Gaming is one of the most popular forms of entertainment nowadays, with Microsoft, Sony and Nintendo all vying to be at the top of the console pyramid. The current cycle of consoles are coming to an end, and we expect to see announcements, releases and leaks about the new wave of consoles within the next year or so. But although the investment and time spent on developing games for these consoles has significantly increased, the price we pay for them has also vastly increased. This is ultimately pushing people to look for a different route for their gaming fix. Enter OUYA.
OUYA is a new $99 games console for your TV, powered purely by Android. Its aim is to be a cost-effective approach to gaming, exploring and celebrating many of the titles that have made mobile gaming a force in the gaming industry.
Games like N.O.V.A and Minecraft have really changed and altered the way gaming is perceived on phones and tablets, and the constant changing Android OS, means new waves of games are appearing at any time. The OUYA console will connect to your TV, allowing you to play some of the best mobile titles on the big screen, with the people behind it to get more developers involved, and thus more games available for the general public.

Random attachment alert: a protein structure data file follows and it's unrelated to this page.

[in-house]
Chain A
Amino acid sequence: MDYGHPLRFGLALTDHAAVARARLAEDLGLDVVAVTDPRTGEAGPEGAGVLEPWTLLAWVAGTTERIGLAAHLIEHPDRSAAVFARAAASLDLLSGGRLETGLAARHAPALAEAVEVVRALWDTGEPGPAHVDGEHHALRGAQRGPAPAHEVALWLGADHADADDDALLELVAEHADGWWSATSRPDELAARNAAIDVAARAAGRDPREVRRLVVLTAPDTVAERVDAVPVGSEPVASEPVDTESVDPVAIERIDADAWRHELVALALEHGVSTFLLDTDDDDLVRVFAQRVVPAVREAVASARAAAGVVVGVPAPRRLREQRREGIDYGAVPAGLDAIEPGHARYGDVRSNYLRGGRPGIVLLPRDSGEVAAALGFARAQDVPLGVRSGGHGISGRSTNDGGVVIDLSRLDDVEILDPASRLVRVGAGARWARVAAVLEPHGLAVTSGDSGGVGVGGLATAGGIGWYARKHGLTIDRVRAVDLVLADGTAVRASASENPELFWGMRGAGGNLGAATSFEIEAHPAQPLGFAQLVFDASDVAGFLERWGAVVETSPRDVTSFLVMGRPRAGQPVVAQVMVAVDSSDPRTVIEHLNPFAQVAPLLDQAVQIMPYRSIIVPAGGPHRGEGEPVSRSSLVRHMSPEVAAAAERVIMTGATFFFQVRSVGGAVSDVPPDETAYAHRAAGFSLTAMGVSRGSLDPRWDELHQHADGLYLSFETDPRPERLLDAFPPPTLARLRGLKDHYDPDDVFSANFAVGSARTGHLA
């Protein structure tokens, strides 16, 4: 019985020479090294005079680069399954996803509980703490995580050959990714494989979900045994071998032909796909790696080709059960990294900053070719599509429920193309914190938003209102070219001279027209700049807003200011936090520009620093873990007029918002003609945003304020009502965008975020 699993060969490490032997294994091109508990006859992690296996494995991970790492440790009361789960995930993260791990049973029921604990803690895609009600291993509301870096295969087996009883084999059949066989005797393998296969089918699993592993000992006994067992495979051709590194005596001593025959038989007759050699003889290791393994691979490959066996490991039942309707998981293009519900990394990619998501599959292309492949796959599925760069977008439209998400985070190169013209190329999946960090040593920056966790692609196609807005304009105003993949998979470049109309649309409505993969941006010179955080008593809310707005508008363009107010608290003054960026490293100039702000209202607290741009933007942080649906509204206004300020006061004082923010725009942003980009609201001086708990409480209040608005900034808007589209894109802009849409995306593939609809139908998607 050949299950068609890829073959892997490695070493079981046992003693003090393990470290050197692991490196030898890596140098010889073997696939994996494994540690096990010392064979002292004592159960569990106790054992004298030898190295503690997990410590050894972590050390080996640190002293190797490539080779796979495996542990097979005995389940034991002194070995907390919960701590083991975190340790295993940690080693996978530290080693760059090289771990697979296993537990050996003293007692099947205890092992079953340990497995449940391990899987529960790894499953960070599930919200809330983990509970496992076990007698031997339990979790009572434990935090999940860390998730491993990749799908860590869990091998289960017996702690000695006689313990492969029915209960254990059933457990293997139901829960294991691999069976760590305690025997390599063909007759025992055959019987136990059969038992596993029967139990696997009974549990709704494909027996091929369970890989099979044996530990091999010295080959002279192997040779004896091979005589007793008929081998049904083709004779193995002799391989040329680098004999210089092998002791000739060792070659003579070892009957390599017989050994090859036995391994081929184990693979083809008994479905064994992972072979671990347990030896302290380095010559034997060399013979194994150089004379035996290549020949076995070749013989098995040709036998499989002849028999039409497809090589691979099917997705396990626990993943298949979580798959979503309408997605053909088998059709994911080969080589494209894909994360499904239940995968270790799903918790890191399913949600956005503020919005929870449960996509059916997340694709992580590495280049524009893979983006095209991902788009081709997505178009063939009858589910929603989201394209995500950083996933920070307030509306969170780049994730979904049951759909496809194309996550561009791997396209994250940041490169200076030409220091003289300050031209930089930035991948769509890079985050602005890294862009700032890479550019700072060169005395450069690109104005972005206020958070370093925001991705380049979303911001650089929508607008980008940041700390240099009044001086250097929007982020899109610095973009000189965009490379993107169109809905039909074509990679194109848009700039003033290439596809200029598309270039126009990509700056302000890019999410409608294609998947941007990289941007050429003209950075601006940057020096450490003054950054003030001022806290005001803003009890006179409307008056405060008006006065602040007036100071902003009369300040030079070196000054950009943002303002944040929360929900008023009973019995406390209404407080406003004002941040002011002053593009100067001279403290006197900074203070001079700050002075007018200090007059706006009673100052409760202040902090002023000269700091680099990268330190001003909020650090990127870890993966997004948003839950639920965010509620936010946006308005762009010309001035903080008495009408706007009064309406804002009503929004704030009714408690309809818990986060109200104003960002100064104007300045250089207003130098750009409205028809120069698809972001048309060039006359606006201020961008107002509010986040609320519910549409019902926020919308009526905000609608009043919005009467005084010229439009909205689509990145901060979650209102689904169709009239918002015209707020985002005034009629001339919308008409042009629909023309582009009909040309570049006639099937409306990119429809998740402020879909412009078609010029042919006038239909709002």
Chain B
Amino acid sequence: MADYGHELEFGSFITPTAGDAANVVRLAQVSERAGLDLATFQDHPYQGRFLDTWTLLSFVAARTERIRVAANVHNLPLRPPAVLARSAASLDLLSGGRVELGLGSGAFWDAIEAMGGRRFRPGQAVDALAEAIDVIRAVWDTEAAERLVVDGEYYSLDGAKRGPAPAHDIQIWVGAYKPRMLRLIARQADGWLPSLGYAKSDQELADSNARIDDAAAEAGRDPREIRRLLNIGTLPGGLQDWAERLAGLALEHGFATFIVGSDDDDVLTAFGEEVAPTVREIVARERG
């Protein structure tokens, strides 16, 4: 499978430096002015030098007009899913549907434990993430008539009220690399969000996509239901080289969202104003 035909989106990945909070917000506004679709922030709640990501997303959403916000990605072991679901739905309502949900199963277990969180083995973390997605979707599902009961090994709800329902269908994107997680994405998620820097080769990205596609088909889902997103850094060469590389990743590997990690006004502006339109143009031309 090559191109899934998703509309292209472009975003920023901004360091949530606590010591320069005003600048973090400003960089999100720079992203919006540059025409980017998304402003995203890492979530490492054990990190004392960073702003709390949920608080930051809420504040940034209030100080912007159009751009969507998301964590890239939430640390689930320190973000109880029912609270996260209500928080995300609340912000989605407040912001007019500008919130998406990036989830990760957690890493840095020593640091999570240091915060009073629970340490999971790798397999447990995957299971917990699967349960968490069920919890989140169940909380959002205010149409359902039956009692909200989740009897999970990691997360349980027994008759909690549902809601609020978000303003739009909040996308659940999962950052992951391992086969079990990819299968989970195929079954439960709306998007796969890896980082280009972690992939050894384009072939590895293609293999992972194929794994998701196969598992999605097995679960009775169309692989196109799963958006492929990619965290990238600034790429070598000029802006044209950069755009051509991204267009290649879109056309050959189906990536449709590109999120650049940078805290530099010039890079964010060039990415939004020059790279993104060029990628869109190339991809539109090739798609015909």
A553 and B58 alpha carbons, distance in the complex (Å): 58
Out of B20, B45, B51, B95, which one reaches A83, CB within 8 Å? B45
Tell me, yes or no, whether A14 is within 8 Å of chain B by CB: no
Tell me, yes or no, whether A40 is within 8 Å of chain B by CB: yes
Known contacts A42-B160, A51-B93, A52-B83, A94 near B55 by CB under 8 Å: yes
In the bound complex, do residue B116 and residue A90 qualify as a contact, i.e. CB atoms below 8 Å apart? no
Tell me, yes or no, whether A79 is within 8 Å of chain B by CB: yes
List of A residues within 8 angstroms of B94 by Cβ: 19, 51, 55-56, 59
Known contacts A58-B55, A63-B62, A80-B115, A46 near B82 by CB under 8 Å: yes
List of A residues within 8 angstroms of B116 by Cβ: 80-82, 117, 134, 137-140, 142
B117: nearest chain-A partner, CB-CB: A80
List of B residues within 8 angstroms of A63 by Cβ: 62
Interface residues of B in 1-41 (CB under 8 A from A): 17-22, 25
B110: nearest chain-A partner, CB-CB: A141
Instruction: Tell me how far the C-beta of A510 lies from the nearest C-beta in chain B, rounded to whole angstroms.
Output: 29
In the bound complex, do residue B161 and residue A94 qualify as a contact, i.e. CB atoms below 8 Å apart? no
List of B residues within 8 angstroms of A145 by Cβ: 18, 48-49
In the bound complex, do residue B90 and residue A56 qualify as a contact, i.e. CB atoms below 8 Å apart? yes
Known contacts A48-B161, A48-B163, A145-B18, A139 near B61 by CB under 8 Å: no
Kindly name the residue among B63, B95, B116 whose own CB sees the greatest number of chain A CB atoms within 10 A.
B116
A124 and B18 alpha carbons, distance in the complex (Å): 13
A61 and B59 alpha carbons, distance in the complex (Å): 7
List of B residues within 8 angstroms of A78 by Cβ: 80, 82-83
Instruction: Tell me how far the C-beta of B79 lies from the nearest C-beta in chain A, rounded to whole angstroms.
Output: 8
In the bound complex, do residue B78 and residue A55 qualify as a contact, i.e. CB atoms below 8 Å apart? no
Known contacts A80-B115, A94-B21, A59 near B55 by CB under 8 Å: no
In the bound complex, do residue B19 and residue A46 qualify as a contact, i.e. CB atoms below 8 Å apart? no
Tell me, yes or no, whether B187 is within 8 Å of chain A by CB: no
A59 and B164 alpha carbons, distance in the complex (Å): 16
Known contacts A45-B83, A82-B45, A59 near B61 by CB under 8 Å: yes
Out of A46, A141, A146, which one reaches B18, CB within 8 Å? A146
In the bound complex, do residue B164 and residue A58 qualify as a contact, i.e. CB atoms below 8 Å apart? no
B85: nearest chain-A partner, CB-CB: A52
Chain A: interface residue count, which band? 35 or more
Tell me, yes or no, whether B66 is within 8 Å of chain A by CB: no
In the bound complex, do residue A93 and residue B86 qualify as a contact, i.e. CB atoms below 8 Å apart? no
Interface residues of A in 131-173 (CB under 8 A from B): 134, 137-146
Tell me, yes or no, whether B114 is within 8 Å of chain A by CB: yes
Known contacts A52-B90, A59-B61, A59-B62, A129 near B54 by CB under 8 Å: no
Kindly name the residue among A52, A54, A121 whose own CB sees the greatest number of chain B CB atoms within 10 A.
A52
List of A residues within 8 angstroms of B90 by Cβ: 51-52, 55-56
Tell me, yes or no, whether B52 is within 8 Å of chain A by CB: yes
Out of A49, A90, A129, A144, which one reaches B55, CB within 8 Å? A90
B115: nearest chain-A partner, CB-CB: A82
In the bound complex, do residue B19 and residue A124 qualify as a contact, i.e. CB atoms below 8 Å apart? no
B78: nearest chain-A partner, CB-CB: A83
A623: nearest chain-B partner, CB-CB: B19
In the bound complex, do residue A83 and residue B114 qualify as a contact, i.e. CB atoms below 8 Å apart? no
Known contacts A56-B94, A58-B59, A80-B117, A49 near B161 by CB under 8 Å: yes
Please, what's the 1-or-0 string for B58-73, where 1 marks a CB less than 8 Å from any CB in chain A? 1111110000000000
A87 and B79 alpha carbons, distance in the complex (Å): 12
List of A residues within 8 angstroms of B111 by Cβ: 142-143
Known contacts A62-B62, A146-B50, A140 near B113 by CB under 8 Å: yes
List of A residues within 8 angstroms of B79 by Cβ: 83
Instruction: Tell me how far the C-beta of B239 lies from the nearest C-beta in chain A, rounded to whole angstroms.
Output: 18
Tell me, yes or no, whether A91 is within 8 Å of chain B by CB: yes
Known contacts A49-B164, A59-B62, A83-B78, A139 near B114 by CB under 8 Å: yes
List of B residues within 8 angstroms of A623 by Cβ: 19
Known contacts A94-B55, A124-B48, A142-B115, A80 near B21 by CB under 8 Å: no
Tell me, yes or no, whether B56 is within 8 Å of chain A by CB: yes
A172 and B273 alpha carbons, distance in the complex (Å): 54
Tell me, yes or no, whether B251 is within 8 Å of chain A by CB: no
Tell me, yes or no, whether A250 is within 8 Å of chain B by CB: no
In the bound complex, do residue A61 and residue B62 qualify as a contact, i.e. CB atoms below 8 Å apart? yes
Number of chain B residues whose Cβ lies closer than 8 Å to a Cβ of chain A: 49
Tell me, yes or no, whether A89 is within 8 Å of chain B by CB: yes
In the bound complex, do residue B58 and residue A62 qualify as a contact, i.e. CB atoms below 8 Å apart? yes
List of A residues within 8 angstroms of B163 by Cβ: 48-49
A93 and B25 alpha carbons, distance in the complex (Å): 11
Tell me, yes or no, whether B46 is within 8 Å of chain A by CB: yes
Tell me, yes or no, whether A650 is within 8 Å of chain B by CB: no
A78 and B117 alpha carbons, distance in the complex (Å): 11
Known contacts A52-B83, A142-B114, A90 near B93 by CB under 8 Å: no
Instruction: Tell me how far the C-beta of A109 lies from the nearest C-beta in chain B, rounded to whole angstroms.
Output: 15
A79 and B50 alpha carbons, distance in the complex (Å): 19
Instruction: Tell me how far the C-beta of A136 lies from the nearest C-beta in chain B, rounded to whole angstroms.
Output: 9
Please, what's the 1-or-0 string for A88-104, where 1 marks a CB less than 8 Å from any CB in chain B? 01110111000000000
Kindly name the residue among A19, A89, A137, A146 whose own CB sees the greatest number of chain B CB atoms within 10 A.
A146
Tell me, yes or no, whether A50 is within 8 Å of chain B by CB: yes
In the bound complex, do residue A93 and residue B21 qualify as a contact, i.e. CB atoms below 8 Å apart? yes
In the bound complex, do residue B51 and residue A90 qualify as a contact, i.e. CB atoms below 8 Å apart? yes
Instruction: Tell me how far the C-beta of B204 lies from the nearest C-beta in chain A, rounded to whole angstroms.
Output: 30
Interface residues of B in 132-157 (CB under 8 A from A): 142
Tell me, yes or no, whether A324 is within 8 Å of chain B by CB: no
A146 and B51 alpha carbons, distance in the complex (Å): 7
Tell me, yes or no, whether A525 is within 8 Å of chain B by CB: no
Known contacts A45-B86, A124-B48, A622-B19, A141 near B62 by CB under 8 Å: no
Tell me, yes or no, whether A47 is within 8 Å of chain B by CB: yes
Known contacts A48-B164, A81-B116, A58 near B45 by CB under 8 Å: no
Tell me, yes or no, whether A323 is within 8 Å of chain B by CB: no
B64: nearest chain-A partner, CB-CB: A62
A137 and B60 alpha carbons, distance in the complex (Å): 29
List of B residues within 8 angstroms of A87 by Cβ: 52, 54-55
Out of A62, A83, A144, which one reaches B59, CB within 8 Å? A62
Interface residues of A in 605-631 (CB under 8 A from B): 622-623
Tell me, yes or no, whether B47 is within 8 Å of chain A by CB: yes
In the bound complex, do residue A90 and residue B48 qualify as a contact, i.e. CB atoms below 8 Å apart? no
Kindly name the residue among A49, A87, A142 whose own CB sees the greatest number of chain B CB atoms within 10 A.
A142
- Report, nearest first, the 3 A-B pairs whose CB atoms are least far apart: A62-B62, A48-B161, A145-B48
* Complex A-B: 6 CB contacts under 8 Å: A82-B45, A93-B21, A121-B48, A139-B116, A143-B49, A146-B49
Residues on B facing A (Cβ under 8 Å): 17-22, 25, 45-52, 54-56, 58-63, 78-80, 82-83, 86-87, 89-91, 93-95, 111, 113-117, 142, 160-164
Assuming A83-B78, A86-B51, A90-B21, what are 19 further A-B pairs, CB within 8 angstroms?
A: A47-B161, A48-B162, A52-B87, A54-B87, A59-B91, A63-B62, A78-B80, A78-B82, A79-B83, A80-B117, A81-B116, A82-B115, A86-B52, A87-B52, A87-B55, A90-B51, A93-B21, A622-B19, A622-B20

Games will be free to download and play at first, with developers having complete free reign of how they want to receive payment for their work. Some games may include micro-transactions within them, while others may have a one off price for the full game experience. The key to seeing quality titles on the OUYA system will solely lie in the hands of the developers producing content for the console, and with the sheer popularity of mobile gaming, I see no reason why OUYA can’t be a complete success.
So will it be able to compete with the new wave of consoles from some of the leaders in home entertainment? Well, no. But it isn’t designed to be like that. OUYA will make gaming fully accessible to a lot more people, and especially people who can’t afford to blow £40 on a new game.
Similarly, with the hackable nature of Android, OUYA will open itself up to developers to really show what it’s capable of. There are plenty of markets and opportunities that OUYA could fit in to, and with over $2-million dollars in public support already, expect to see OUYA in a living room near you soon.
If you want to find out more about OUYA, and pledge some money to its development (while also pre-ordering a console for yourself) take a look at the official OUYA Kickstart page.